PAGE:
Dr. Susan Tavernier, director of the ISU Accelerated Nursing program, said the JWJF scholarships are significant because post-baccalaureate students do not qualify for federal financial aid. “Most of our students have incredible demands on their time, taking 17 to 19 credits per semester, and many have families. The academic pace of our program makes it very difficult for them to work.” 


Jeff Hull and his construction team take pride in filling St. Luke's scrap-metal recycling bin to benefit Idaho students.

Hull is proud to be part of the project and its success. In its first year, the Fund disbursed $2,750 in scholarships; in 2015, more than $130,000 was awarded to Idaho schools and non-profits. In the last 5 years, a total of $580,000 was granted, with 80 percent of those funds generated by scrap metal recycling.

“Not only did St. Luke’s agree to participate, but every year we’re among the top partners that help fund these sought-after scholarships.”

Hull believes so strongly in the purpose of the John William Jackson Fund and iYERP that he now serves as an officer for the organization. “Action’s a difficult guy to say no to,” he said with a smile, “and on behalf of Idaho’s kids, I’m glad St. Luke’s said yes.”

Action Jackson never stops looking for new partners and additional ways to support the John William Jackson Fund. His commitment to Idaho’s youth runs so deep, he saves costs by personally patrolling the recycling sites and separating the scrap metal inside the bins.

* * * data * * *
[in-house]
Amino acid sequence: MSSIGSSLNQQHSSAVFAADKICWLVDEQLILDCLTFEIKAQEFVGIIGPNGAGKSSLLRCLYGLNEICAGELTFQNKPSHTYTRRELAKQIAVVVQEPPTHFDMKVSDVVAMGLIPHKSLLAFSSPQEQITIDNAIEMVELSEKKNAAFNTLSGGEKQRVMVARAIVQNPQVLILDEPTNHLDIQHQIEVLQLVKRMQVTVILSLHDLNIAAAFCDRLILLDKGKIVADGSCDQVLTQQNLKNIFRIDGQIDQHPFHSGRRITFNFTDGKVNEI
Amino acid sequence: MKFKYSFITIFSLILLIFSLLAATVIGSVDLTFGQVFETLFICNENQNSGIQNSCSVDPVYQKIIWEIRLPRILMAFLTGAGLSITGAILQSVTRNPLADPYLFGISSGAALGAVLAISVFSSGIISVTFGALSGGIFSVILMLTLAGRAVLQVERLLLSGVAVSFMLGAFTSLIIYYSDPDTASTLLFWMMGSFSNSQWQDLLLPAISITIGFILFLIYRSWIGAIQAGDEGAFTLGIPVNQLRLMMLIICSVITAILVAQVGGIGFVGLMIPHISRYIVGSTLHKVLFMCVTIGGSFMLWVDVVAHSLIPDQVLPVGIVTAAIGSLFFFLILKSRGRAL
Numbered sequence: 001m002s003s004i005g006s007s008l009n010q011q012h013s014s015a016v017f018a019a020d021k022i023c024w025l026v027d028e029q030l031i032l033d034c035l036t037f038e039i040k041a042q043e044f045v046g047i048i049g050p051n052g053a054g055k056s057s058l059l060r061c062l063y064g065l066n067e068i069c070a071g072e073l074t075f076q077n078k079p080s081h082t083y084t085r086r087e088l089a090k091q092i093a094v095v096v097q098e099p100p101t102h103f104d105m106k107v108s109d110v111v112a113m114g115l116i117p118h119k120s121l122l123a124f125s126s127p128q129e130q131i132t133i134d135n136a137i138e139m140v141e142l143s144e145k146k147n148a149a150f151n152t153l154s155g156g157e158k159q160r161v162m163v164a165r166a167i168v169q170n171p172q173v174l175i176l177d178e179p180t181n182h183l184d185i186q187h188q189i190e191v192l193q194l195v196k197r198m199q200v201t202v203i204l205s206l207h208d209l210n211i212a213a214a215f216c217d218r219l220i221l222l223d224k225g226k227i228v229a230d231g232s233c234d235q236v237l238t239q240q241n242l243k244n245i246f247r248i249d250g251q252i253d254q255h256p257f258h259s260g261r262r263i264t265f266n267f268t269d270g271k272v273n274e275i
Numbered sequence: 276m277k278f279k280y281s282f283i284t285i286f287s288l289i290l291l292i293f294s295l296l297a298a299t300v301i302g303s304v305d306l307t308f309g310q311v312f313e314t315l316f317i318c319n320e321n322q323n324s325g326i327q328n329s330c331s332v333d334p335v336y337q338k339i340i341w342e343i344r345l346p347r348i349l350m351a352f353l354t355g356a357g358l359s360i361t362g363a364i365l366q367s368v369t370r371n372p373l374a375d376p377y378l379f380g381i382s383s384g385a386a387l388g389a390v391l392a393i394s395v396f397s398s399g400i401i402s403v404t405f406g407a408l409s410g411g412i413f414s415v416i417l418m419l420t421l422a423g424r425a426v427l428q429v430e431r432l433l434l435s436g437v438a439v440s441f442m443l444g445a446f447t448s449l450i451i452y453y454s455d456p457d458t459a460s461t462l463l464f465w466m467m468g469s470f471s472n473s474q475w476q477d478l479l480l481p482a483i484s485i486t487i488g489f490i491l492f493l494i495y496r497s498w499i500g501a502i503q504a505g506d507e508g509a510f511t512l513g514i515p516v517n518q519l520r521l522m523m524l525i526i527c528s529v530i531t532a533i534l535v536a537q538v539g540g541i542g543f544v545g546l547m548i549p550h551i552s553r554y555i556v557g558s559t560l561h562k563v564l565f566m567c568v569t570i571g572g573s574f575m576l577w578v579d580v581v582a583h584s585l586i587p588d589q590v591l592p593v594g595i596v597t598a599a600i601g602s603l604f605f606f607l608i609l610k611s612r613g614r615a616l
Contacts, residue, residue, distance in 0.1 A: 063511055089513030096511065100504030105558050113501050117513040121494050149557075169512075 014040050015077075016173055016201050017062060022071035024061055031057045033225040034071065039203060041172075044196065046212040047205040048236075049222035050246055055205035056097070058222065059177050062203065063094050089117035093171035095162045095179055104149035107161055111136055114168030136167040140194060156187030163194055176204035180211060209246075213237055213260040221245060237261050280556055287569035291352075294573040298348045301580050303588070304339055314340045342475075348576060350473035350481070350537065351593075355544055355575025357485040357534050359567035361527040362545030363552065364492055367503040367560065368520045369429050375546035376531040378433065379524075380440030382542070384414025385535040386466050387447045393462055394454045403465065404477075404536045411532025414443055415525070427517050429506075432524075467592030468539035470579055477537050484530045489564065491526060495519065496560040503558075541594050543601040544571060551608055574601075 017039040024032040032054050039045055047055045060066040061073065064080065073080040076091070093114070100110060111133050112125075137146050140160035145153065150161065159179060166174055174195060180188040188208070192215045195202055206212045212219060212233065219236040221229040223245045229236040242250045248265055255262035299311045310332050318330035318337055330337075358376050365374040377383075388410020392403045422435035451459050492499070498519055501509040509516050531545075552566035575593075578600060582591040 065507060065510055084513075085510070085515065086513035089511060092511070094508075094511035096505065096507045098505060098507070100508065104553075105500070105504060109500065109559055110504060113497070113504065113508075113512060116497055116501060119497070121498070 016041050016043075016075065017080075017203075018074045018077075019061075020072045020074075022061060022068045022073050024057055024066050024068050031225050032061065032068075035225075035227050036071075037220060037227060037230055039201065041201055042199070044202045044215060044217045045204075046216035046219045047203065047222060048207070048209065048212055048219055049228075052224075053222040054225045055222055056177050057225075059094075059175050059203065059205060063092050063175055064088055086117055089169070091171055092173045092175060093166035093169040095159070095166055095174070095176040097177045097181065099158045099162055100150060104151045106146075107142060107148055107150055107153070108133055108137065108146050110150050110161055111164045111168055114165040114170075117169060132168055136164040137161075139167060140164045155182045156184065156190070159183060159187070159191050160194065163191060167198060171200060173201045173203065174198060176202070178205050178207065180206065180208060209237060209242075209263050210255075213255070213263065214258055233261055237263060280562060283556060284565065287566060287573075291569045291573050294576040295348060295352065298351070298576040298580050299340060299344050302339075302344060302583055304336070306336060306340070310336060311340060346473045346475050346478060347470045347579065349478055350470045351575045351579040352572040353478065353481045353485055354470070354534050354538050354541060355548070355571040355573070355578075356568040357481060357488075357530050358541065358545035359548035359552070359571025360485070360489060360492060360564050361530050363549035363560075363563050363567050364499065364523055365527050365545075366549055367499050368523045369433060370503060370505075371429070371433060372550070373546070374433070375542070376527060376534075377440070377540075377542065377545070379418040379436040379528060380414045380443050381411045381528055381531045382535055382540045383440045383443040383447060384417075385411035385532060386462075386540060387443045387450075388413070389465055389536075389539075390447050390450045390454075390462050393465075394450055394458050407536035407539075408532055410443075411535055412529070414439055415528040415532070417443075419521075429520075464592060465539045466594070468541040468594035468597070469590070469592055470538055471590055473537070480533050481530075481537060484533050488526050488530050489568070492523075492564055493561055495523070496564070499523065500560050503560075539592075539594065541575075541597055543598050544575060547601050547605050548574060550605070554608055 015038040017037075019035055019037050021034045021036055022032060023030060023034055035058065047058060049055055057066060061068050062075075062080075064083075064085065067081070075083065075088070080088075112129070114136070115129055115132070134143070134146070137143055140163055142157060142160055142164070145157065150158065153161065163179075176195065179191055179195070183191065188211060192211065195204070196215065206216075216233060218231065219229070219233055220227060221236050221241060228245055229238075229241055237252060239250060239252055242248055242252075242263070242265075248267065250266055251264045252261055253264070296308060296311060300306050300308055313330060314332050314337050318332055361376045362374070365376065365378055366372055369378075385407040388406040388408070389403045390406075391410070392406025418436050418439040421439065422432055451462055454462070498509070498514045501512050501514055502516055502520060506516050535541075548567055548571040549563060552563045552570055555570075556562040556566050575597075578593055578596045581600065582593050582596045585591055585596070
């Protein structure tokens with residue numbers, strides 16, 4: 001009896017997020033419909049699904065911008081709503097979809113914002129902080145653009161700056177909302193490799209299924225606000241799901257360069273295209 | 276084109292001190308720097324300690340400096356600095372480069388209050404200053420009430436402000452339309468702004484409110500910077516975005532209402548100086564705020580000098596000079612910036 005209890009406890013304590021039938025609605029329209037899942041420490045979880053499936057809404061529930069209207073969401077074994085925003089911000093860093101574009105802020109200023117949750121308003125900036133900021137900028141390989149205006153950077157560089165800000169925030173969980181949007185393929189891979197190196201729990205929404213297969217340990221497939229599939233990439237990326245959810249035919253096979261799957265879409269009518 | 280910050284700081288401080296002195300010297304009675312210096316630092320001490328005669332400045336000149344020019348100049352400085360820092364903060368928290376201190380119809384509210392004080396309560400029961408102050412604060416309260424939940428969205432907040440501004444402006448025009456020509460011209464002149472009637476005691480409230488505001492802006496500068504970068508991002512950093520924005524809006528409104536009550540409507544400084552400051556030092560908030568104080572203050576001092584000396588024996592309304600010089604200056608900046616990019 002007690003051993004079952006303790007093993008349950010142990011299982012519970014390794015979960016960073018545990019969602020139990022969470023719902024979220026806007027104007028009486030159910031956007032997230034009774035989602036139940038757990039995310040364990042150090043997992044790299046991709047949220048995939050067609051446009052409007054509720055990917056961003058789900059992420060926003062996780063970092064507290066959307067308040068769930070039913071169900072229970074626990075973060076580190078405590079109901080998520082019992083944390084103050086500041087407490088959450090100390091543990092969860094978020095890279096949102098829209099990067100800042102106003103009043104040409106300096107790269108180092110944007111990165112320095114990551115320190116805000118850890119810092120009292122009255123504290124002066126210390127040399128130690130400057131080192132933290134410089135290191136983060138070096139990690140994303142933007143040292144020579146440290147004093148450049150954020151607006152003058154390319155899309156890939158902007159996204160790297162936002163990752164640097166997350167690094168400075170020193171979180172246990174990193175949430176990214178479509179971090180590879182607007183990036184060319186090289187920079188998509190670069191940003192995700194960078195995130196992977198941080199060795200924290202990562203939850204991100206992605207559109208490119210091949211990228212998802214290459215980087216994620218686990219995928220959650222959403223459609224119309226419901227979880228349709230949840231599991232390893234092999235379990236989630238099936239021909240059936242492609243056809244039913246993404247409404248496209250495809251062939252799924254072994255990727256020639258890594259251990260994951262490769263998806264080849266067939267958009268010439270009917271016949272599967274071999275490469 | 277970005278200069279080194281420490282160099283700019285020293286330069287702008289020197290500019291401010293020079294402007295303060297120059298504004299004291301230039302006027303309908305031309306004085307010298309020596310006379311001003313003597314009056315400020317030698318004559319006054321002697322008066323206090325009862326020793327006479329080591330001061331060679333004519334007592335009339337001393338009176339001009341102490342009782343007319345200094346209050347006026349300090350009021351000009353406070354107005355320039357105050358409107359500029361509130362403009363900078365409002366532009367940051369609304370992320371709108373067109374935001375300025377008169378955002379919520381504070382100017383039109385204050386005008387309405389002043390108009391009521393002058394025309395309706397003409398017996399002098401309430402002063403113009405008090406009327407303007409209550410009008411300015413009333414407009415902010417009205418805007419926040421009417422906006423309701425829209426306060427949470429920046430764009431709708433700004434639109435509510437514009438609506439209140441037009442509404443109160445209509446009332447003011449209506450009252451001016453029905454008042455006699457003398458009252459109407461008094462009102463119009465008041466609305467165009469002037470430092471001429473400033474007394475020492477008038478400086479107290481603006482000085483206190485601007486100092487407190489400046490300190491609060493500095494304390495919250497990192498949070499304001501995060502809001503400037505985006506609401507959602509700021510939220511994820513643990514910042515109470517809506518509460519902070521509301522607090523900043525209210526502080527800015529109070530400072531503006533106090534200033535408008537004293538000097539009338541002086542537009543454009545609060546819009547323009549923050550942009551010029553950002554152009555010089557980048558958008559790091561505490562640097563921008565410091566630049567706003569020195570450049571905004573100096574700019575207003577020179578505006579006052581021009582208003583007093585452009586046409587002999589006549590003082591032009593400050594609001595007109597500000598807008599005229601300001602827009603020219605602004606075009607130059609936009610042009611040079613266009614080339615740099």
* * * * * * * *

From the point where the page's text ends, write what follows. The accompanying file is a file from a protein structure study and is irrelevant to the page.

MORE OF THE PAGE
Hull laughingly admitted that he occasionally receives calls to report that someone is dumpster-diving on St. Luke’s property. “So I go out to the recycling bin and investigate,” he said, “and it’s always Action, being true to his name.”



Want to take action yourself? Learn more:
For information about becoming a John William Jackson Fund officer, contact Bill “Action” Jackson at jwj.fund@gmail.com

John William Jackson Fund: http://www.johnwilliamjacksonfund.org/

Idaho Community Foundation: http://www.idcomfdn.org/Homepage


About The Author

Holly Miller works in the Communications and Marketing department at St. Luke's.